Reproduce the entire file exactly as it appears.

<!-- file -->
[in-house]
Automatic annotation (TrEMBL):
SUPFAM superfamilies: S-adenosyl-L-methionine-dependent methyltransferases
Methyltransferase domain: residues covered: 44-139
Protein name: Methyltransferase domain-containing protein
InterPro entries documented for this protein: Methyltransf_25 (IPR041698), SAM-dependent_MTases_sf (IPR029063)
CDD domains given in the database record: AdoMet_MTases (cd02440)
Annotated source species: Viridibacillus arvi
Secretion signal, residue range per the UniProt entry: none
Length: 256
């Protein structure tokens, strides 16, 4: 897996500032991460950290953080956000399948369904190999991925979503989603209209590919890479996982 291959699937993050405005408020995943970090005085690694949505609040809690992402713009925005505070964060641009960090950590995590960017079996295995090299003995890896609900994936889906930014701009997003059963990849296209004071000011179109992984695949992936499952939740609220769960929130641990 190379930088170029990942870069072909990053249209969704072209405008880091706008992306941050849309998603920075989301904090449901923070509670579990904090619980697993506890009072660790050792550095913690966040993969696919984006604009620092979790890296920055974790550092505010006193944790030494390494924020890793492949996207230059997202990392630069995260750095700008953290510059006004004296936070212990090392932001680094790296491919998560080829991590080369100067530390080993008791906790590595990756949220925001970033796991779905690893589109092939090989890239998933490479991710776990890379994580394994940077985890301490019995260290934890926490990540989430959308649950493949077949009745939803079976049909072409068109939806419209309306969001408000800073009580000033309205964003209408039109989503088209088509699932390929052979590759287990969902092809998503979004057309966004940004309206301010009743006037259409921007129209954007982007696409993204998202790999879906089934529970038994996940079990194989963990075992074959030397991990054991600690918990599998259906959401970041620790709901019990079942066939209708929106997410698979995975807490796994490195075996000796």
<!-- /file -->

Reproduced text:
[in-house]
Automatic annotation (TrEMBL):
SUPFAM superfamilies: S-adenosyl-L-methionine-dependent methyltransferases
Methyltransferase domain: residues covered: 44-139
Protein name: Methyltransferase domain-containing protein
InterPro entries documented for this protein: Methyltransf_25 (IPR041698), SAM-dependent_MTases_sf (IPR029063)
CDD domains given in the database record: AdoMet_MTases (cd02440)
Annotated source species: Viridibacillus arvi
Secretion signal, residue range per the UniProt entry: none
Length: 256
């Protein structure tokens, strides 16, 4: 897996500032991460950290953080956000399948369904190999991925979503989603209209590919890479996982 291959699937993050405005408020995943970090005085690694949505609040809690992402713009925005505070964060641009960090950590995590960017079996295995090299003995890896609900994936889906930014701009997003059963990849296209004071000011179109992984695949992936499952939740609220769960929130641990 190379930088170029990942870069072909990053249209969704072209405008880091706008992306941050849309998603920075989301904090449901923070509670579990904090619980697993506890009072660790050792550095913690966040993969696919984006604009620092979790890296920055974790550092505010006193944790030494390494924020890793492949996207230059997202990392630069995260750095700008953290510059006004004296936070212990090392932001680094790296491919998560080829991590080369100067530390080993008791906790590595990756949220925001970033796991779905690893589109092939090989890239998933490479991710776990890379994580394994940077985890301490019995260290934890926490990540989430959308649950493949077949009745939803079976049909072409068109939806419209309306969001408000800073009580000033309205964003209408039109989503088209088509699932390929052979590759287990969902092809998503979004057309966004940004309206301010009743006037259409921007129209954007982007696409993204998202790999879906089934529970038994996940079990194989963990075992074959030397991990054991600690918990599998259906959401970041620790709901019990079942066939209708929106997410698979995975807490796994490195075996000796």